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Development Of A Stochastic Model To Evaluate Plant Growers' Enterprise Budgets


  • Ludena, Carlos E.
  • McNamara, Kevin T.
  • Hammer, P. Allen
  • Foster, Kenneth A.


Increased domestic concentration and international competition in the floricultural industry are forcing growers to improve resource management efficiency. Cost management and cost accounting methods are becoming key tools as growers attempt to reduce costs. These tools allow growers to allocate costs for each crop, increasing their greenhouse planning abilities. Growers have a relative high degree of risk due to potential crop and market failure. Individual growers have different tolerance for risk and risk bearing capacity. Growers need a cost accounting system that incorporates production and market risk, a system that allows them to make informed business decisions. The research reported in this paper developed a greenhouse budgeting model that incorporated risk to allow growers to compare production costs for flowers with different genetics and production technologies. This enables greenhouse growers to make production management decisions that incorporate production and market risk. The model gives growers the option of imputing their own production data to evaluate how various yield and price assumptions influence income and expense projections, and ultimately, profit. The model allows growers to compare total production cost and revenue varying grower type, production time, geographical location, operation size, and cost structure. The model evaluates budgets for growers who market to mass-market retail operations or wholesale intermediaries who sell to merchandisers or flower shops distribution channels. The model was demonstrated with sample data to illustrate how incorporating risk analysis into a grower's greenhouse budget model effects resource allocation and production decisions as compare to a budget model that does not incorporate risk. Deterministic and stochastic models were used to demonstrate differences in production decisions under various assumptions. The stochastic model introduced prices and flowering characteristics variability. The @Risk software was used to generate the random number simulation of the stochastic model, and stochastic dominance analysis was used to rank the alternatives. The result for both the deterministic and stochastic models identified the same cultivar as most profitable. However, there were differences in crop profits levels and rankings for subsequent cultivars that could influence growers' production choice decisions. The grower's risk aversion level influenced his/her choice of the most profitable cultivars in the stochastic model. The model summarizes the sources of variability that affect cost and revenue. The model enables the grower to measure effects that change in productivity might have on profit. Growers can identify items in their budget that have a greater effect on profitability, and make adjustments. The model can be used to allocate cost across activities, so the grower would be able to measure the economic impact of an item on the budget.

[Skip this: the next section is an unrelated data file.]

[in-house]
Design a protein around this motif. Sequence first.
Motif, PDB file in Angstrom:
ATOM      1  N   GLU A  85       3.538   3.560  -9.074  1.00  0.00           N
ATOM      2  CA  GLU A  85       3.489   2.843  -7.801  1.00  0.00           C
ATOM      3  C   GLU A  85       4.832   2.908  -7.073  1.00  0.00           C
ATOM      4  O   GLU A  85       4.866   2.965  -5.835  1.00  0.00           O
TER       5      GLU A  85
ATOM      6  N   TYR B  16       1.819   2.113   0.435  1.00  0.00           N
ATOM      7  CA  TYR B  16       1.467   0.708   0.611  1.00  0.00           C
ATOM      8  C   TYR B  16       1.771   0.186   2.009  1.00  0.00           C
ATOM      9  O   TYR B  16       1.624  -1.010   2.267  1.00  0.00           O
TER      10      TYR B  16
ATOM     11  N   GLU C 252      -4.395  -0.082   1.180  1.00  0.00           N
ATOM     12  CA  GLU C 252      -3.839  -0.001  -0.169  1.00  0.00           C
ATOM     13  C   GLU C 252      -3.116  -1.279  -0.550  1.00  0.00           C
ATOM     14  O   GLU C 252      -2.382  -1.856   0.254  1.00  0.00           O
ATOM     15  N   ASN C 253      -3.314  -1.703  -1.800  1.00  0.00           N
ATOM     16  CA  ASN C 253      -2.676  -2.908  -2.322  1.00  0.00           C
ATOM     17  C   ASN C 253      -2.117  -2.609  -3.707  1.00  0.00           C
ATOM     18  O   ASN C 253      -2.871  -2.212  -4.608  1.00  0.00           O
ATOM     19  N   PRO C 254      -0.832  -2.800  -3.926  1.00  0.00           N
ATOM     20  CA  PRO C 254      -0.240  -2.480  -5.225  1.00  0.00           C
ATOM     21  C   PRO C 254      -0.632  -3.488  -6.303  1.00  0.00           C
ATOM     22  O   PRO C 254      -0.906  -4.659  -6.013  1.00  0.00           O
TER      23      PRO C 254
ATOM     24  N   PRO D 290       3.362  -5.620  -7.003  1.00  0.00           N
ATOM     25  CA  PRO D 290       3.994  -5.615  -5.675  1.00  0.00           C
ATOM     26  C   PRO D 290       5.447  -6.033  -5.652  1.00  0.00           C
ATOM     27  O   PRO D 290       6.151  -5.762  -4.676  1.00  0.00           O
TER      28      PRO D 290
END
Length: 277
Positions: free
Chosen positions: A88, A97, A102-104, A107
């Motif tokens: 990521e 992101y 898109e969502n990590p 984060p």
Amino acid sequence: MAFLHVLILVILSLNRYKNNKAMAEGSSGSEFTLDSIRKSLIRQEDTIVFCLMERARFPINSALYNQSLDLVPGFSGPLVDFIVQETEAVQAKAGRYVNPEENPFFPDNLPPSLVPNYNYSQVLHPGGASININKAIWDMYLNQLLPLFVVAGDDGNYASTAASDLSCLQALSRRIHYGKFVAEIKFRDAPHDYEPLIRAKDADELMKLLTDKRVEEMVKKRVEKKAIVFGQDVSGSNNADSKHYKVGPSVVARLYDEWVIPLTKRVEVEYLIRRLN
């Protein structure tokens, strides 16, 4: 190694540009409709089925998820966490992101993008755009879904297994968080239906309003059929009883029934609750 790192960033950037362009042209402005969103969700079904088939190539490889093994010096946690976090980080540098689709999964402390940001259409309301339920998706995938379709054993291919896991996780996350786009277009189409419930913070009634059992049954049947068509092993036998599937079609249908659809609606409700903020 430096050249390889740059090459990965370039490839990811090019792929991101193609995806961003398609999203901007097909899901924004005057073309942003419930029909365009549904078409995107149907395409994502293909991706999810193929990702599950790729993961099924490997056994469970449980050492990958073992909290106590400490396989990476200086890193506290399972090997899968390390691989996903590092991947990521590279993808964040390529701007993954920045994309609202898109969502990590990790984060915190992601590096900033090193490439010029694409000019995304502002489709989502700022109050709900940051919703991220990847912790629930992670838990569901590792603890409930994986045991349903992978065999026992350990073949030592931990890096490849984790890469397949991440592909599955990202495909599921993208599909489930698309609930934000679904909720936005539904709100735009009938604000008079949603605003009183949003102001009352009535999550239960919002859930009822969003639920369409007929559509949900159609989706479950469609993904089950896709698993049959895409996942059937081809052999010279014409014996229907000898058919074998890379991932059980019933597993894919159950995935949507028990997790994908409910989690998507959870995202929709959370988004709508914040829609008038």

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  • Ludena, Carlos E. & McNamara, Kevin T. & Hammer, P. Allen & Foster, Kenneth A., 2003. "Development Of A Stochastic Model To Evaluate Plant Growers' Enterprise Budgets," 2003 Annual meeting, July 27-30, Montreal, Canada 21942, American Agricultural Economics Association (New Name 2008: Agricultural and Applied Economics Association).
  • Handle: RePEc:ags:aaea03:21942

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    References listed on IDEAS

    1. King, Robert P. & Black, J. Roy & Benson, Fred J. & Pavkov, Patti A., 1988. "The Agricultural Risk Management Simulator Microcomputer Program," Southern Journal of Agricultural Economics, Southern Agricultural Economics Association, vol. 20(02), December.
    2. Wilson, Paul N. & Eidman, Vernon R., 1983. "An Empirical Test Of The Interval Approach For Estimating Risk Preferences," Western Journal of Agricultural Economics, Western Agricultural Economics Association, vol. 8(02), December.
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    Cited by:

    1. Paul J. Block & Kenneth Strzepek & Mark W. Rosegrant & Xinshen Diao, 2008. "Impacts of considering climate variability on investment decisions in Ethiopia," Agricultural Economics, International Association of Agricultural Economists, vol. 39(2), pages 171-181, September.

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